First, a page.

The work of creation is rarely a smooth or straightforward thing. More often, it’s unruly, unpredictable and tumultuous — much like the Big Bang, that original explosion of creativity that still echoes through the cosmos.
It’s no surprise, then, that Ben Sturgulewski and Ben Moon encountered their own share of chaos and struggle when they set out to make a film about the sources of creative expression in the outdoors. But while filming Creation Theory with Pete Devries, Elena Hight, Robin Van Gyn and musician Griff Washburn of Goth Babe, immersing in some of the Earth’s harshest elements was a reminder that the creative process is something that, as Griff says, can be beautiful in its chaos.
Before the release, we sat down with the filmmakers to get more of the story.
The concept of Creation Theory is pretty ambitious, connecting these huge cosmic processes to our personal processes of creativity. How did that idea come about?
Sturge: I’ve been fascinated by physics the last few years, and I’d been learning about the gravitational waves that sort of echo and spread out through the universe. Then through what I do as a filmmaker, I got interested in how the most macro levels seem to parallel the most human, micro level moments of creating a song or looking at a wave or a mountain and seeing a line. Those are forms of creation to themselves. And at the same time, Justin Sweeny at Arc’teryx had the idea of making a film about the connections between surfing, snowboarding and music. That’s where the concept really started — how you go from the Big Bang to the places where the human spark of creation comes from. And Iceland was an ideal location to look at that — it’s such a raw, powerful place that’s still being born out of the ocean.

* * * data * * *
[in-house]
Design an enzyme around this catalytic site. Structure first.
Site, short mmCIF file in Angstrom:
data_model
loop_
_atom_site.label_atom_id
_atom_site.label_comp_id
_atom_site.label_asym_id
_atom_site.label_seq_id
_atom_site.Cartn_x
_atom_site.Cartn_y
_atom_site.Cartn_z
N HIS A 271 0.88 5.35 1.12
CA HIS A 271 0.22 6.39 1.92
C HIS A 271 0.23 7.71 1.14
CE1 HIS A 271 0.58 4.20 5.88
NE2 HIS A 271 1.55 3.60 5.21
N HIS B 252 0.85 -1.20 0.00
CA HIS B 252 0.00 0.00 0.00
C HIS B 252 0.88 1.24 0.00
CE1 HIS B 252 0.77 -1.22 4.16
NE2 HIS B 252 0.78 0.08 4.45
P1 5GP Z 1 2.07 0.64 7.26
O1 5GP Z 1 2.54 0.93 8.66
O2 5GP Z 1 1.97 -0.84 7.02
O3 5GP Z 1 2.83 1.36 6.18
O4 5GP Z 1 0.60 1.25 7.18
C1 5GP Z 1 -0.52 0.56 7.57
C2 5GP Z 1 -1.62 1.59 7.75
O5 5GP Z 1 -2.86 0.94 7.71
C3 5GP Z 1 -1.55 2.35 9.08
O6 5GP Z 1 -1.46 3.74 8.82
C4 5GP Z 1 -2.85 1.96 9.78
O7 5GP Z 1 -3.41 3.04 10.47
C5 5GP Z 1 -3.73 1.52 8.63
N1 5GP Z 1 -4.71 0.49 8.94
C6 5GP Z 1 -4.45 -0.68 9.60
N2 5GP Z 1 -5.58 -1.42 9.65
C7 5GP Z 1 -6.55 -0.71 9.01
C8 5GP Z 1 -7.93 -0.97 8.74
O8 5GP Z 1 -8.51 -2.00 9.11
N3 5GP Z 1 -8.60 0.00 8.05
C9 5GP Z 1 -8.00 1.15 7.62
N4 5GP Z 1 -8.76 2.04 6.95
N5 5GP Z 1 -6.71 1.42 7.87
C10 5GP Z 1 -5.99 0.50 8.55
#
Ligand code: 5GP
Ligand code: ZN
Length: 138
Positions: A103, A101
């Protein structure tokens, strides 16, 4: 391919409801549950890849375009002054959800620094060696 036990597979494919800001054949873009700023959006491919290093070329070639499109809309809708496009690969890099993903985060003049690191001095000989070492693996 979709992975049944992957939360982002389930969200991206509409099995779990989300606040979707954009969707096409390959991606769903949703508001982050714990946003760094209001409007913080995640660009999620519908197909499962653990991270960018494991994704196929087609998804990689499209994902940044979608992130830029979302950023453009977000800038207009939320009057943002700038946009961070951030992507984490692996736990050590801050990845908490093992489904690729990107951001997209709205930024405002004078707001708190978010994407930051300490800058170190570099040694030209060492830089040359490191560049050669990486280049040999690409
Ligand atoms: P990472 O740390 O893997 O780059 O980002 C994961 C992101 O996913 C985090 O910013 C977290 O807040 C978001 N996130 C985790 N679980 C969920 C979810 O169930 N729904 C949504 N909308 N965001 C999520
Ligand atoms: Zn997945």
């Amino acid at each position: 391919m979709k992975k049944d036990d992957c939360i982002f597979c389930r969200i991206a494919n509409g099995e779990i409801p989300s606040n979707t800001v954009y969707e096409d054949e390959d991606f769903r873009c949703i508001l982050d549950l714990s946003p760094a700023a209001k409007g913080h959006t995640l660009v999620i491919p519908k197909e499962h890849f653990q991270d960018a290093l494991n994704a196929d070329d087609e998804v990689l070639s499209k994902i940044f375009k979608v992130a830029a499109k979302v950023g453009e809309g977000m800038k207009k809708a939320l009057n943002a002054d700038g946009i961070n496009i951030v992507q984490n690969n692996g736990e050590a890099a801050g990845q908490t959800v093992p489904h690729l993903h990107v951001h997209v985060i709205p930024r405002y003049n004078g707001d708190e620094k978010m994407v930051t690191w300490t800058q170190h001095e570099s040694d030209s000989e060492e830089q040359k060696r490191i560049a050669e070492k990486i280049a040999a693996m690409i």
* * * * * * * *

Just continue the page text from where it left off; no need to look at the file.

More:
Moon: I’ve also spent a lot of time thinking about where creativity comes from and how you tap into it. To me, I think a lot of it is just finding a place where you can be open — it’s like a flow state in that sense. In climbing I always felt that way — when you finally send a route, you aren’t always conscious of the effort, it just feels like this flow happens. And in the last decade, I’ve dedicated myself more to the ocean, and that’s an even more mystifying process, because a wave is a burst of energy that came from tides and sun and wind and all these factors. Ultimately, it was the cosmos that created a storm that built up over thousands of miles.